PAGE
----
A Patio and a Postcard View at The Refinery
It seems as though a new burger joint opens in Houston every week. Whether it's imports like Denver-based Elevation Burger and Dallas-based Burger House or homegrown concepts like Guru Burger in Sugar Land and JerryBuilt in Bellaire, it's no longer good enough just to serve a terrific burger. You have to stand out from the crowd, too.
Photos by Troy Fields The Refinery has a picture-perfect setting.
And although The Refinery -- the subject of this week's cafe review -- is still struggling to craft a terrific burger, it succeeds in setting itself apart in part because of its setting. (Say that last part five times fast.)
There is no better place right now to catch a football game than on The Refinery's cedar-planked patio, filled with TV screens and picnic tables that feature handy, metal-lined beer wells down the center. There's also no prettier view of the downtown skyline -- sitting smack dab in front of your face, just over I-45 -- than the one that The Refinery affords, especially when the sun starts to sink.
That The Refinery should offer such a view onto the city's central business district is entirely appropriate. After all, the icehouse-cum-burger joint pays homage to the business upon which Houston was founded: oil, which led to the city's first big growth spurt in 1901 after being discovered at Spindletop. A few short years later, the discovery of oil reserves in Humble and Goose Creek in 1906, put Houston on the map as the center of new oil and oilfield equipment development.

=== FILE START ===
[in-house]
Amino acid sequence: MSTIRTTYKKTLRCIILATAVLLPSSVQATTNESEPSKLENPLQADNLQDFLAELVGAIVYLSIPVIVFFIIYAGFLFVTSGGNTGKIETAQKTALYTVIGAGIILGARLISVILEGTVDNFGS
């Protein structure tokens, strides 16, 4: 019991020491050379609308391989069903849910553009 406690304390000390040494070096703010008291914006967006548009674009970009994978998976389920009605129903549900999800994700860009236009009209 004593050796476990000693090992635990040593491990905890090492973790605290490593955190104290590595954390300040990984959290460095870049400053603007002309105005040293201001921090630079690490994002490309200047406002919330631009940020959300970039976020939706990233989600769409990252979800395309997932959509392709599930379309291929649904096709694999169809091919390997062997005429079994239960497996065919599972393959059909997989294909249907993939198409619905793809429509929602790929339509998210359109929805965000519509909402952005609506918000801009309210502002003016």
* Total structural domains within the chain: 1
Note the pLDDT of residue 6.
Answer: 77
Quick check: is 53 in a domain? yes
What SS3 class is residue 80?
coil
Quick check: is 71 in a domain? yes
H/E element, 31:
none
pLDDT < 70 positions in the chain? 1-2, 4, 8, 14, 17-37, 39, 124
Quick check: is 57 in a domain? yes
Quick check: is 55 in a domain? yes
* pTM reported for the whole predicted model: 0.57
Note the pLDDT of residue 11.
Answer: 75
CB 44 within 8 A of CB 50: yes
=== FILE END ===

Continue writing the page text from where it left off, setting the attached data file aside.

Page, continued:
The Refinery also features an excellent craft beer and whiskey selection.
Today, Houston is known throughout the world (for better or worse) as the home of petrochemical processing plants, natural gas refineries, petroleum exploration, pipeline development, the massive Offshore Technology Conference each year and energy companies large and small. Hell, we're home to 31 percent of the nation's energy-related jobs and over 5,000 energy firms (including 17 energy-related Fortune 500 companies).
With that in mind, it's almost surprising that The Refinery -- or something like it -- didn't spring up sooner. Its walls are decorated with pipeline fittings and old gas station signs. Trash cans are repurposed oil drums. Its very logo is comprised of letters lifted ransom note-style from old oil companies and filling stations. And if the pretty patio setting (not to mention the excellent craft beer and whiskey selection) didn't make The Refinery stand out, these little touches certainly would.
A Red Adair burger under construction at The Refinery.
I just don't want to be anywhere near the place when OTC comes to town again this May. The Refinery is only a few short blocks away from the George R. Brown Convention Center and any visiting oilman would be foolish not to enjoy a burger in one of the few places left in this country that celebrates fossil fuels with such passion.
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